By the time we arrived in Ella (1041 m above sea level) it was actually getting chilly and we both had our second (and only extra) layer of clothing on. A short walk from the railway station and up an extremely steep driveway we found our new home Top Heaven. And a very brief new home it was. We are not exactly picky when it comes to some of the places we stay in but..... this one was a bit dirty, the curtains were falling off the rod and there was no water in the hot tap the next morning but the final straw was the owner starting up his smelly motorbike right beside us as we were eating breakfast (an awesome breakfast too: pepper omelette, coconut roti, coconut sambal, hoppers, savoury pancakes and fresh fruit). We hunted out a new home and found the Blue View Inn - and got a huge room on the top floor with a huge covered balcony where we could hang out during the afternoon rain storms and a king sized bed!. It overlooked some jungle and the only evening noise was the crickets. No English was spoken and although there was a restaurant, there was never anyone around to ask for food. An interesting tid bit about bedding - here in the hill country there is one large sheet AND a blanket or comforter, whereas elsewhere, each person got their own thin sheet and that was it - it is too hot for any thing else and is quite nice not having the bedding stolen off you in the middle of the night!

Ella was a strange little town - a single main street lined with restaurants and heaps of guesthouses. We are certainly saving money by not buying any souvenirs as we can't find any! The most common type of restaurant was Roti Shops (we had kottu roti chicken twice - and learnt form the first time in Kandy, and shared a dish) with a few up scale "western style" places. We treated our selves one night to Devil Chicken at the Chill - a place packed with tourists especially those travelling with children. This was maybe because of the hamburgers on the menu or the fact that the kitchen staff wore white chef hats.

Ella is all about out door activities. The hike (or climb) to Little Adams Peak turned out to be quite brutal - a gentle 1 km walk out of town, then a deceiving narrow paved road for a while before the stairs started and then some really steep up and down and HOT!!!!!! It was a little hazy so the views were not as good as on a clear day.

On day 2 we caught the early train to Haputale (an hour away and 1431m above sea level) for a day excursion to Liptons Seat (of Lipton tea fame) in the Dambatenne tea plantation. A tuk tuk took us within 1 km of the view point - this was a distance of nearly 20 km uphill through spectacular tea country with many stops to take photos and admire the scenery - the air was so clean and lightly fragranced. It doesn't make a whole lot of sense that the leaves of the black tea plant are light green, the white tea plant are red and green tea is dark. We walked the final 1 km up hill to the statue of Sir Thomas Lipton which is at 1950m ASL and unfortunately the clouds had rolled in so we could not appreciate the sheer drop off and views to the coast.A leisurely walk back down hill (7km) along the narrow switch back roads, occasionally taking the workers shortcuts ( they are more nimble footed than we are though). It is easy to see the British influence with the attractive Manager and Assistant Manager Bungalows with their landscaped grounds - this in comparison to the Tamil workers shacks. It was kind of weird seeing marigolds and chrysanthemums in a tropical country. The whole area was stunning and is my highlight of this trip to date.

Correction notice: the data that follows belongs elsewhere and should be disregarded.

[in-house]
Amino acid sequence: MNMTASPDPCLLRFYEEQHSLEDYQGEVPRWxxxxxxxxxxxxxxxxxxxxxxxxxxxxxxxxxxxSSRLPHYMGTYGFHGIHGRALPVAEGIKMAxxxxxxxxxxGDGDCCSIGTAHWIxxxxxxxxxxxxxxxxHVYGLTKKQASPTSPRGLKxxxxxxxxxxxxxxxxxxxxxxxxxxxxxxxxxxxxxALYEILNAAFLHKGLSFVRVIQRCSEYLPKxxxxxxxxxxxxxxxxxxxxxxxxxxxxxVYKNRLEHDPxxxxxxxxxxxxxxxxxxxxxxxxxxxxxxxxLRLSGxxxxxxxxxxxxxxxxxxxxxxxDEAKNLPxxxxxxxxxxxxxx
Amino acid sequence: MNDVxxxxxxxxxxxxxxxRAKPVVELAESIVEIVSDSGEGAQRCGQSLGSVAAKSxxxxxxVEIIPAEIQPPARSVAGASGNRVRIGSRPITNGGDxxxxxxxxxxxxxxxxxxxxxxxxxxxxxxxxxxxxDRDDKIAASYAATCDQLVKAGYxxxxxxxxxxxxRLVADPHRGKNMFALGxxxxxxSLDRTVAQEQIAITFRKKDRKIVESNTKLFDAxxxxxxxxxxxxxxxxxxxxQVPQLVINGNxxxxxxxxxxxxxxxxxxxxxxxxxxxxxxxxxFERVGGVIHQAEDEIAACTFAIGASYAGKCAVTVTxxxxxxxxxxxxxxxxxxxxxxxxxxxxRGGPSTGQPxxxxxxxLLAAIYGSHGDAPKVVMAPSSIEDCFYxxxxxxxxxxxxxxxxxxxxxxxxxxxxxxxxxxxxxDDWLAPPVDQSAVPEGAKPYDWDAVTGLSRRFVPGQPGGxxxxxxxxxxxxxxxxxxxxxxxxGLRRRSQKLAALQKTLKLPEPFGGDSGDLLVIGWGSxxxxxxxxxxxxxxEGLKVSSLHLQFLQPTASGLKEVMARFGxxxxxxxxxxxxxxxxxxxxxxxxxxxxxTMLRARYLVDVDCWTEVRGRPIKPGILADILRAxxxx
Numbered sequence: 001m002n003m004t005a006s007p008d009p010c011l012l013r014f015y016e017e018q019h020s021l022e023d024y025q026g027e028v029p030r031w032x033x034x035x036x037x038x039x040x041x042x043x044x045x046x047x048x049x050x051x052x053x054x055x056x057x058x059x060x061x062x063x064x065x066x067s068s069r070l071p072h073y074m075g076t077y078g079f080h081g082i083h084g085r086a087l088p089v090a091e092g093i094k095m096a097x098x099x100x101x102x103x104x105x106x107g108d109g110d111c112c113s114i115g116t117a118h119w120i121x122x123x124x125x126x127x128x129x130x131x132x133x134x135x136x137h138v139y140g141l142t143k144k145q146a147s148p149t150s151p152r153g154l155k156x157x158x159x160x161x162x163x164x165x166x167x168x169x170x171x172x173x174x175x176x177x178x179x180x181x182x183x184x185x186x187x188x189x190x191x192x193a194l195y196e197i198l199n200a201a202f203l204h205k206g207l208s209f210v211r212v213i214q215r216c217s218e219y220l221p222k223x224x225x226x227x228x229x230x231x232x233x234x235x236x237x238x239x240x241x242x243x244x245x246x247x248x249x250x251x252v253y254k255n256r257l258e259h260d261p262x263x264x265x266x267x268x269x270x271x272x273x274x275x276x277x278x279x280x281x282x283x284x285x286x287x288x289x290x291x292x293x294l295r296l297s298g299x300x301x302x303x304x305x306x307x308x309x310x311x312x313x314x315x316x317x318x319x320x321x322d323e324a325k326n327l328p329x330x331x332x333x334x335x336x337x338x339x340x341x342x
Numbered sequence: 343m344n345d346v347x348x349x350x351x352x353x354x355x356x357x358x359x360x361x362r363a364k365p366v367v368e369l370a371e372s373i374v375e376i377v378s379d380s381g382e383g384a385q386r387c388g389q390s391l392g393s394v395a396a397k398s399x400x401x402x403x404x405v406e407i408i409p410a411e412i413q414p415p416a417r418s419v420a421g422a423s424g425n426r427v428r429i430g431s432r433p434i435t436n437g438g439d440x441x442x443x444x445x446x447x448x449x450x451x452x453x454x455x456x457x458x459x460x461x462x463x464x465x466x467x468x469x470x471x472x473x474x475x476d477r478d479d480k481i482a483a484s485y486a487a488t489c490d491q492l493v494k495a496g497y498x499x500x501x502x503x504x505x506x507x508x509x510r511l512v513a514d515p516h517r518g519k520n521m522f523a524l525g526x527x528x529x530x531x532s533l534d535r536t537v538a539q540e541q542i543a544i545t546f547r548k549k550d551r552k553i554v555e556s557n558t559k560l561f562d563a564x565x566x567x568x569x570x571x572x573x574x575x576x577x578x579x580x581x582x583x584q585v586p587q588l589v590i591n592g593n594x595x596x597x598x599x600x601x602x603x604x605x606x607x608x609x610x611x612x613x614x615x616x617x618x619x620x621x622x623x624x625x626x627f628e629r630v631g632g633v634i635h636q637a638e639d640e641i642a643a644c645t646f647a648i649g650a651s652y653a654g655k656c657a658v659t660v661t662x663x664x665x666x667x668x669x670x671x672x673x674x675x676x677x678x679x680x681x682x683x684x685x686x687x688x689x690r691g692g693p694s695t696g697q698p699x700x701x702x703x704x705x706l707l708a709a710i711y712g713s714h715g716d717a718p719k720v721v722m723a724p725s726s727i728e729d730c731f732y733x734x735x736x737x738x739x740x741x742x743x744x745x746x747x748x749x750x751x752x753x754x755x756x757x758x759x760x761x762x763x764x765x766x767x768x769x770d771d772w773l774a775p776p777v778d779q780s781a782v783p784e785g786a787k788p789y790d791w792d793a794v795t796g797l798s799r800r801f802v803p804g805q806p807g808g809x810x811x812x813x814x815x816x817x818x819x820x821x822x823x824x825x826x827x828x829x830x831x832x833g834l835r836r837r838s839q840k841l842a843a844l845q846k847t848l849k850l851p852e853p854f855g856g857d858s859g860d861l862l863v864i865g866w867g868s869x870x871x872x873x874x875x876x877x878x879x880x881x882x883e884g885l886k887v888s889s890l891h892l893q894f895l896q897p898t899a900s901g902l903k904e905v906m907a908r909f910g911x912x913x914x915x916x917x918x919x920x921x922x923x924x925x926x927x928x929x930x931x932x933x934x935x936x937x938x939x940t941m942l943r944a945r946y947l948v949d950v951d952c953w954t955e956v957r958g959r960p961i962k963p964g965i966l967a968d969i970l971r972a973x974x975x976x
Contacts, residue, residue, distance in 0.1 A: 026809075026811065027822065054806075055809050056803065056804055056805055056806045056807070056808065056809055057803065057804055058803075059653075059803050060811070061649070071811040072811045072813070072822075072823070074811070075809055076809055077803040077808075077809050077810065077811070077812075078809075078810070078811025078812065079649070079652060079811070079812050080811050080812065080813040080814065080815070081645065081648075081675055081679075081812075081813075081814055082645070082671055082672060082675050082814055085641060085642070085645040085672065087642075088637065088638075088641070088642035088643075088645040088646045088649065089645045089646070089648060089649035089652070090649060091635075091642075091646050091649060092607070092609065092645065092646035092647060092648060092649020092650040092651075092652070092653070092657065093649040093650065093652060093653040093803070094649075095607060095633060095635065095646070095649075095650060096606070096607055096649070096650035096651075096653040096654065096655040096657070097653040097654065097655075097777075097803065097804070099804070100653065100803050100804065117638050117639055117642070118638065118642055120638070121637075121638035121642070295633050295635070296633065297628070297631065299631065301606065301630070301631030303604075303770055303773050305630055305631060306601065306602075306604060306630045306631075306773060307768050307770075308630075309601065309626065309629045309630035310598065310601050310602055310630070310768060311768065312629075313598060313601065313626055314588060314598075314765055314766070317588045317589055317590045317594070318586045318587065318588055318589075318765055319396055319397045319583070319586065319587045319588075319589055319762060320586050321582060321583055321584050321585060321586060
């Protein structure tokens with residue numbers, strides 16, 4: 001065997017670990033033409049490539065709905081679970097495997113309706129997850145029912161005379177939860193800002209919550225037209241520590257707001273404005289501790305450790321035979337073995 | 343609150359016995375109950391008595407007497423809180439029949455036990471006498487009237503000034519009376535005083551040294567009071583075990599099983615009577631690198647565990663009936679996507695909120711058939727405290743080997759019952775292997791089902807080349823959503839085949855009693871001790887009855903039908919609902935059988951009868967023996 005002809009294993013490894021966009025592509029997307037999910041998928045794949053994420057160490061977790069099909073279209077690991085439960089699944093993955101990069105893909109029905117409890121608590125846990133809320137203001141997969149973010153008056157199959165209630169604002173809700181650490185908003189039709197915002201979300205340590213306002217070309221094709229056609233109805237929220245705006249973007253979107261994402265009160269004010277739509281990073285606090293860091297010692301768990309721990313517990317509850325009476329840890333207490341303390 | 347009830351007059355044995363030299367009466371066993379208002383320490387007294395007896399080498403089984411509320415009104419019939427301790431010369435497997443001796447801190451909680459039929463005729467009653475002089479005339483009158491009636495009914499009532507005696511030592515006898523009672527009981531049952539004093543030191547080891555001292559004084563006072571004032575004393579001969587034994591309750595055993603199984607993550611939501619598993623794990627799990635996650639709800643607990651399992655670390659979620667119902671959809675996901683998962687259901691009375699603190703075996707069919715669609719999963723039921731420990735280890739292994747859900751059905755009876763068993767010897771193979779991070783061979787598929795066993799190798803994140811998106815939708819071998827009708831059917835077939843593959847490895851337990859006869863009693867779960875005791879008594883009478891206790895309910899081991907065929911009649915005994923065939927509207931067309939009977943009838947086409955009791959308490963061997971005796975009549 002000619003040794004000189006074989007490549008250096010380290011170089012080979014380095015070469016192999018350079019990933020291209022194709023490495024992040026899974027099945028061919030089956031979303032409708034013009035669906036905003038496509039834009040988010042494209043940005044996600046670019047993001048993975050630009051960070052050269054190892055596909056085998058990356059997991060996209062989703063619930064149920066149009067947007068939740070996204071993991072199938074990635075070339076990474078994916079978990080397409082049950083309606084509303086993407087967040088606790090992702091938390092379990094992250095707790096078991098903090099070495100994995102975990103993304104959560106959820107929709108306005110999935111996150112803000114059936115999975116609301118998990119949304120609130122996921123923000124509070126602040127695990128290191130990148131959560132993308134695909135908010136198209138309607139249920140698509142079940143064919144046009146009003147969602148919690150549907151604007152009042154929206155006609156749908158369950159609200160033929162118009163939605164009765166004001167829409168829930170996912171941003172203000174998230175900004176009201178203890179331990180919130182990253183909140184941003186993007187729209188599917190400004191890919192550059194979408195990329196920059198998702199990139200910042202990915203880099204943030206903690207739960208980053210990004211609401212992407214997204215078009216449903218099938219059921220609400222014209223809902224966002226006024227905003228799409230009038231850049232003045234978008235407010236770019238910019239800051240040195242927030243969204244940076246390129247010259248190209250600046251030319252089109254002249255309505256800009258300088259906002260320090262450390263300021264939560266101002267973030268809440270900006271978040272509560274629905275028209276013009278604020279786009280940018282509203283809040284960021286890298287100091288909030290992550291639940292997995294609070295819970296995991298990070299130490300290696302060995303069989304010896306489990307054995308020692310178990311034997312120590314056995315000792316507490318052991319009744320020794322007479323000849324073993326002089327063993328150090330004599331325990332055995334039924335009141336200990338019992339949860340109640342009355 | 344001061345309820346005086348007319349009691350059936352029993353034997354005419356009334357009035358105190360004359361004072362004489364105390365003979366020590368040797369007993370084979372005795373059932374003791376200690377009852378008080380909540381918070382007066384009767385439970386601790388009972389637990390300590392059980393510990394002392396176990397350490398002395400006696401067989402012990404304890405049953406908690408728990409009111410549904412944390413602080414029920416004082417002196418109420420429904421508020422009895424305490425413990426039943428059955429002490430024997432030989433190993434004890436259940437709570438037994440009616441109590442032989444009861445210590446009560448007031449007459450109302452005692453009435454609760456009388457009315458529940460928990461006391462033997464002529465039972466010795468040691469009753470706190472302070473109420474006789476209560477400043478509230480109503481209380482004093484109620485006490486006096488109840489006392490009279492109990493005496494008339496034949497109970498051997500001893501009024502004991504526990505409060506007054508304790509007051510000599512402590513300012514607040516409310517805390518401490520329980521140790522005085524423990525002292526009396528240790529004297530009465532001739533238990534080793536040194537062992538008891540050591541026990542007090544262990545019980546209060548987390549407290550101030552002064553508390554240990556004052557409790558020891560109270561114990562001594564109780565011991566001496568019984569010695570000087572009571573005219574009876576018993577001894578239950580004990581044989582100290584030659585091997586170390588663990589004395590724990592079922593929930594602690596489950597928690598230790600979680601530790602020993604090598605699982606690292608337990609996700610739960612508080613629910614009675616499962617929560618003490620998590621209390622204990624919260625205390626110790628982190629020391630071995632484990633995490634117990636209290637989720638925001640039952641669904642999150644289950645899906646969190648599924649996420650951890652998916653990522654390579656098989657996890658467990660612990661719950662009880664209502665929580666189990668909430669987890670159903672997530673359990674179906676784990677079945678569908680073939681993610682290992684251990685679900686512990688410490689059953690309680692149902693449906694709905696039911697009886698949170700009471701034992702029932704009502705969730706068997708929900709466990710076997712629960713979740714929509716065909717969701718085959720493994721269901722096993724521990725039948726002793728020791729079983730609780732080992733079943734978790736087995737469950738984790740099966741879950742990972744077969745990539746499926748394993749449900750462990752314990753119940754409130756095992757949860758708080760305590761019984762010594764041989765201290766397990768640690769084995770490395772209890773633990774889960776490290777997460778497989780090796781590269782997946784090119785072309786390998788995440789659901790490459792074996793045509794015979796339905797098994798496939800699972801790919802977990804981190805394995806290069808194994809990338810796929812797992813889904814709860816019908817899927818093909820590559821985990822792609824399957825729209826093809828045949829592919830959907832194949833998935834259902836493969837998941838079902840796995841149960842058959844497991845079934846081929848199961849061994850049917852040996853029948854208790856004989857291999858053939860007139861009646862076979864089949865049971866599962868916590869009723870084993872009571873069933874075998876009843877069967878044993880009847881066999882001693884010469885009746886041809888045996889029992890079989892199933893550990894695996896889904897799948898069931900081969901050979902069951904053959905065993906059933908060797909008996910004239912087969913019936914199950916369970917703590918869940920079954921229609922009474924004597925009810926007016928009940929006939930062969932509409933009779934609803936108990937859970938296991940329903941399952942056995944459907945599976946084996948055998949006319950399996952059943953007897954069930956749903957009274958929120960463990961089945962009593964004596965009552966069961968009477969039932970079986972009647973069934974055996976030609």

Copied from the internet - "Sir Thomas Lipton, the man who introduced the Lipton Brand Ceylon Tea entered in to purchasing tea estates in then Ceylon in 1890’s when the country was under the British rule. In 1890 Dambetenna which was 925 acres in size was purchased by him and he setup the largest tea processing factories in the Uva region. It is said that this point was one of his favorite viewpoints where he surveyed his vast estate and that it was one of the favorite places to entertain his guests. While the estate changed hands in 1930’s name of this view point survived as a remembrance to Sir Lipton"

Arriving back in the small town of Haputale we had the most awesome short eats - small meat samosas, roasted bulbs of garlic, veg rolls and other yummy food. This town seemed to have only a couple of roads that zig zagged down the hill and which were lined with regular shops. Some friends of ours had spent a couple of days here and we were curious where they stayed as there was not a lot there!!!!Back at the train station, we discovered that our return train was one of the old red trains (so far all our journeys had been on the newer blue trains) that was waiting on the second track from the platform - a scramble down off the platform then a steep climb up the train steps - the lowest one was about 3 feet from the ground. Standing room only and the entertainment was watching the Asians hanging out the door to get that all important "selfie". I wonder if there are statistics anywhere on how many tourists train injuries or deaths there are! We ended up talking to a French couple who had been in Nuwara Eliya for the past two solid RAINY days - we were pleased to tell them that the weather in Ella has been awesome - some rain showers in the afternoon but nothing that cramped our style- at least our umbrellas are getting an outing.